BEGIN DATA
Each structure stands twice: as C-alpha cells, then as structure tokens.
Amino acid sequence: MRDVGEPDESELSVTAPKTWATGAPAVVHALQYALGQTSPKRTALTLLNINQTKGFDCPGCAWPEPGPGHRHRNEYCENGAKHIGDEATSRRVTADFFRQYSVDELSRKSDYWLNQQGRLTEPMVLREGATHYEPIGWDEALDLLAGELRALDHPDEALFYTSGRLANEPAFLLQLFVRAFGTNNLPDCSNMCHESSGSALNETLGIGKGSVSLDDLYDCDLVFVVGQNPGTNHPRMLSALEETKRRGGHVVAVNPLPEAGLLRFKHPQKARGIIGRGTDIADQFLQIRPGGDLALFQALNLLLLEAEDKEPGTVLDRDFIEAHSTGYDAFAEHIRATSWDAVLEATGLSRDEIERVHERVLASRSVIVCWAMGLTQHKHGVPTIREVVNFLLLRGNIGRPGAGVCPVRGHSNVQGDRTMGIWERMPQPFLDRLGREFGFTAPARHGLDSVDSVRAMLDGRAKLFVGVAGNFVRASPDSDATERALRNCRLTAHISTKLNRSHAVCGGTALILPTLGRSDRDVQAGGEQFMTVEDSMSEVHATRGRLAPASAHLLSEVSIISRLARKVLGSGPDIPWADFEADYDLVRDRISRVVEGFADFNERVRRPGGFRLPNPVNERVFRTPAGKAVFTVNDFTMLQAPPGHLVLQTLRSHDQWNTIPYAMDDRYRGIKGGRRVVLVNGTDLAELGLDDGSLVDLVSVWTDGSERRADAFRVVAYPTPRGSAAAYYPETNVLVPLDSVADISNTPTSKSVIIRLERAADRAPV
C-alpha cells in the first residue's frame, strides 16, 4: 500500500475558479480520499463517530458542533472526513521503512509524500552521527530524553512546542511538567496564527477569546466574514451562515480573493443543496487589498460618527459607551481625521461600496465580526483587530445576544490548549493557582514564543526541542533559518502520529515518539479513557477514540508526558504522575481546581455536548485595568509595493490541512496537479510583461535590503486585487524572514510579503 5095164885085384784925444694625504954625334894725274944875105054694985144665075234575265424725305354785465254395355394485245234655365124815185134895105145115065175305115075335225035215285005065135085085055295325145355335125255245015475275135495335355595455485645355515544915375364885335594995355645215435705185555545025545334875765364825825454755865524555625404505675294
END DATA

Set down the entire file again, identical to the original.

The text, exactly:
Each structure stands twice: as C-alpha cells, then as structure tokens.
Amino acid sequence: MRDVGEPDESELSVTAPKTWATGAPAVVHALQYALGQTSPKRTALTLLNINQTKGFDCPGCAWPEPGPGHRHRNEYCENGAKHIGDEATSRRVTADFFRQYSVDELSRKSDYWLNQQGRLTEPMVLREGATHYEPIGWDEALDLLAGELRALDHPDEALFYTSGRLANEPAFLLQLFVRAFGTNNLPDCSNMCHESSGSALNETLGIGKGSVSLDDLYDCDLVFVVGQNPGTNHPRMLSALEETKRRGGHVVAVNPLPEAGLLRFKHPQKARGIIGRGTDIADQFLQIRPGGDLALFQALNLLLLEAEDKEPGTVLDRDFIEAHSTGYDAFAEHIRATSWDAVLEATGLSRDEIERVHERVLASRSVIVCWAMGLTQHKHGVPTIREVVNFLLLRGNIGRPGAGVCPVRGHSNVQGDRTMGIWERMPQPFLDRLGREFGFTAPARHGLDSVDSVRAMLDGRAKLFVGVAGNFVRASPDSDATERALRNCRLTAHISTKLNRSHAVCGGTALILPTLGRSDRDVQAGGEQFMTVEDSMSEVHATRGRLAPASAHLLSEVSIISRLARKVLGSGPDIPWADFEADYDLVRDRISRVVEGFADFNERVRRPGGFRLPNPVNERVFRTPAGKAVFTVNDFTMLQAPPGHLVLQTLRSHDQWNTIPYAMDDRYRGIKGGRRVVLVNGTDLAELGLDDGSLVDLVSVWTDGSERRADAFRVVAYPTPRGSAAAYYPETNVLVPLDSVADISNTPTSKSVIIRLERAADRAPV
C-alpha cells in the first residue's frame, strides 16, 4: 500500500475558479480520499463517530458542533472526513521503512509524500552521527530524553512546542511538567496564527477569546466574514451562515480573493443543496487589498460618527459607551481625521461600496465580526483587530445576544490548549493557582514564543526541542533559518502520529515518539479513557477514540508526558504522575481546581455536548485595568509595493490541512496537479510583461535590503486585487524572514510579503 5095164885085384784925444694625504954625334894725274944875105054694985144665075234575265424725305354785465254395355394485245234655365124815185134895105145115065175305115075335225035215285005065135085085055295325145355335125255245015475275135495335355595455485645355515544915375364885335594995355645215435705185555545025545334875765364825825454755865524555625404505675294